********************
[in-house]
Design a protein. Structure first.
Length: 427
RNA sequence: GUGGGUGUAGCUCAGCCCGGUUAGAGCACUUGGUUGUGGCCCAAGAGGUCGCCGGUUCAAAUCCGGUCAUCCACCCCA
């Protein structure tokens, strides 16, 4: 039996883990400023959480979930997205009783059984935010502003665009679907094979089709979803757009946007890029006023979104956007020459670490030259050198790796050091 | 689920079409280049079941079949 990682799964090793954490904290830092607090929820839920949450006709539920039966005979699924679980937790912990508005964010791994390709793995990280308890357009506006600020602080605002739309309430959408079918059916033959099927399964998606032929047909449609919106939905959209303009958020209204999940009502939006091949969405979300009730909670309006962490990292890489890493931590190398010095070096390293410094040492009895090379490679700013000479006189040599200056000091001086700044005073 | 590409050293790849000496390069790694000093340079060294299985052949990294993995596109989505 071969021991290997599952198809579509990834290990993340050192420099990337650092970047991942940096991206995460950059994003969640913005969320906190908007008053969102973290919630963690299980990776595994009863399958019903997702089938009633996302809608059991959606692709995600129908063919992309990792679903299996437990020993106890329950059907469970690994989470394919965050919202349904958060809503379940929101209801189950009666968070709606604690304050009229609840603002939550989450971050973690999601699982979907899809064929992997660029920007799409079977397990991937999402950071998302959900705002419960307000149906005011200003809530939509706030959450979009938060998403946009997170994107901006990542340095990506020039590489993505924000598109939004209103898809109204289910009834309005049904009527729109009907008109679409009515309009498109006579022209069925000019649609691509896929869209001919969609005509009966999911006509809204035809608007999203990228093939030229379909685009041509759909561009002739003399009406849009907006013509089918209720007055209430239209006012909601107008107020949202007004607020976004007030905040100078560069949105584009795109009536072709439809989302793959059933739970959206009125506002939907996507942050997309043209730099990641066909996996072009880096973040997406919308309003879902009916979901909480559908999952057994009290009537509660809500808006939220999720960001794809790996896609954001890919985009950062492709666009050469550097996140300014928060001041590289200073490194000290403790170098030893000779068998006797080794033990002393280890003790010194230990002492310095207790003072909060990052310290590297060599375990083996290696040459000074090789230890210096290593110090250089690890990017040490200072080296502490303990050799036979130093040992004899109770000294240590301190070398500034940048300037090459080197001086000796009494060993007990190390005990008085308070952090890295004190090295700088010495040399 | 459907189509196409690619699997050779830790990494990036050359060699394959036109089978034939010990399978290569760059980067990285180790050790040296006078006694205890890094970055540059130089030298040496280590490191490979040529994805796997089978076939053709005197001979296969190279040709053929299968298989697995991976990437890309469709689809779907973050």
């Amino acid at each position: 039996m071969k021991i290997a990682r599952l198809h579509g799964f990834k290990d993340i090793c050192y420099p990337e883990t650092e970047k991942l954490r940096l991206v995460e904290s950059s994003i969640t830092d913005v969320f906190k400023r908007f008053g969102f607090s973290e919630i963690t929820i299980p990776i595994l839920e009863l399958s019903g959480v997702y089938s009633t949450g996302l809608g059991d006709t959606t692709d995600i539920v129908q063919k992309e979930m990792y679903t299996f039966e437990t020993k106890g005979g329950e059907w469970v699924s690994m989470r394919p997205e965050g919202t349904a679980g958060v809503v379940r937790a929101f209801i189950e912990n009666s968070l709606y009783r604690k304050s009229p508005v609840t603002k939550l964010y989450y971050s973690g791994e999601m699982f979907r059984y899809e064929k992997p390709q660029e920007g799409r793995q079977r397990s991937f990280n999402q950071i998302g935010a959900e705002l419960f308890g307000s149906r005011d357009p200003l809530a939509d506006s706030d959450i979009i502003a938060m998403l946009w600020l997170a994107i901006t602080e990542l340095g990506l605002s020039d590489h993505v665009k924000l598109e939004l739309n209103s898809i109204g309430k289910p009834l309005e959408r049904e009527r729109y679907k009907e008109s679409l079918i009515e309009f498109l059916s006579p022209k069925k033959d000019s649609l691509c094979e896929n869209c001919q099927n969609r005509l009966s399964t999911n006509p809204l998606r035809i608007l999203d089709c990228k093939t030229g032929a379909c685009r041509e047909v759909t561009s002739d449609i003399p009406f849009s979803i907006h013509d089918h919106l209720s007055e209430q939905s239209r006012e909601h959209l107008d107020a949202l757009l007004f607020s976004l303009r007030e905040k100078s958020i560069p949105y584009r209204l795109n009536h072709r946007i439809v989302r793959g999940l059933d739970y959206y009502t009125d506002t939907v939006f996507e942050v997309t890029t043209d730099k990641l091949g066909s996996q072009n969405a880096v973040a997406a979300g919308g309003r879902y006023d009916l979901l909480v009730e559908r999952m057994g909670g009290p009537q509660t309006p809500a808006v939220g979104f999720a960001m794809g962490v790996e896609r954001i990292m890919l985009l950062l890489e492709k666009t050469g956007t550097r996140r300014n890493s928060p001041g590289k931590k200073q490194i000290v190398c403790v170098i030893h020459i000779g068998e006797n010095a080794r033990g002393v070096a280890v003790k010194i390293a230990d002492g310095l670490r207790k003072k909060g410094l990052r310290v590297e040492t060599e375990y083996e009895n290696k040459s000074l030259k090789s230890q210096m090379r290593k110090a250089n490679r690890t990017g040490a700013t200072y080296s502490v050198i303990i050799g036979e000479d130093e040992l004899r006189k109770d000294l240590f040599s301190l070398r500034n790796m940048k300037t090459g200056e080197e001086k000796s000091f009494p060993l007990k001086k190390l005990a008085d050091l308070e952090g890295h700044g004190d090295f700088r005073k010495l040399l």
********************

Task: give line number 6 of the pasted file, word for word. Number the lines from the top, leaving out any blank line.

């Amino acid at each position: 039996m071969k021991i290997a990682r599952l198809h579509g799964f990834k290990d993340i090793c050192y420099p990337e883990t650092e970047k991942l954490r940096l991206v995460e904290s950059s994003i969640t830092d913005v969320f906190k400023r908007f008053g969102f607090s973290e919630i963690t929820i299980p990776i595994l839920e009863l399958s019903g959480v997702y089938s009633t949450g996302l809608g059991d006709t959606t692709d995600i539920v129908q063919k992309e979930m990792y679903t299996f039966e437990t020993k106890g005979g329950e059907w469970v699924s690994m989470r394919p997205e965050g919202t349904a679980g958060v809503v379940r937790a929101f209801i189950e912990n009666s968070l709606y009783r604690k304050s009229p508005v609840t603002k939550l964010y989450y971050s973690g791994e999601m699982f979907r059984y899809e064929k992997p390709q660029e920007g799409r793995q079977r397990s991937f990280n999402q950071i998302g935010a959900e705002l419960f308890g307000s149906r005011d357009p200003l809530a939509d506006s706030d959450i979009i502003a938060m998403l946009w600020l997170a994107i901006t602080e990542l340095g990506l605002s020039d590489h993505v665009k924000l598109e939004l739309n209103s898809i109204g309430k289910p009834l309005e959408r049904e009527r729109y679907k009907e008109s679409l079918i009515e309009f498109l059916s006579p022209k069925k033959d000019s649609l691509c094979e896929n869209c001919q099927n969609r005509l009966s399964t999911n006509p809204l998606r035809i608007l999203d089709c990228k093939t030229g032929a379909c685009r041509e047909v759909t561009s002739d449609i003399p009406f849009s979803i907006h013509d089918h919106l209720s007055e209430q939905s239209r006012e909601h959209l107008d107020a949202l757009l007004f607020s976004l303009r007030e905040k100078s958020i560069p949105y584009r209204l795109n009536h072709r946007i439809v989302r793959g999940l059933d739970y959206y009502t009125d506002t939907v939006f996507e942050v997309t890029t043209d730099k990641l091949g066909s996996q072009n969405a880096v973040a997406a979300g919308g309003r879902y006023d009916l979901l909480v009730e559908r999952m057994g909670g009290p009537q509660t309006p809500a808006v939220g979104f999720a960001m794809g962490v790996e896609r954001i990292m890919l985009l950062l890489e492709k666009t050469g956007t550097r996140r300014n890493s928060p001041g590289k931590k200073q490194i000290v190398c403790v170098i030893h020459i000779g068998e006797n010095a080794r033990g002393v070096a280890v003790k010194i390293a230990d002492g310095l670490r207790k003072k909060g410094l990052r310290v590297e040492t060599e375990y083996e009895n290696k040459s000074l030259k090789s230890q210096m090379r290593k110090a250089n490679r690890t990017g040490a700013t200072y080296s502490v050198i303990i050799g036979e000479d130093e040992l004899r006189k109770d000294l240590f040599s301190l070398r500034n790796m940048k300037t090459g200056e080197e001086k000796s000091f009494p060993l007990k001086k190390l005990a008085d050091l308070e952090g890295h700044g004190d090295f700088r005073k010495l040399l």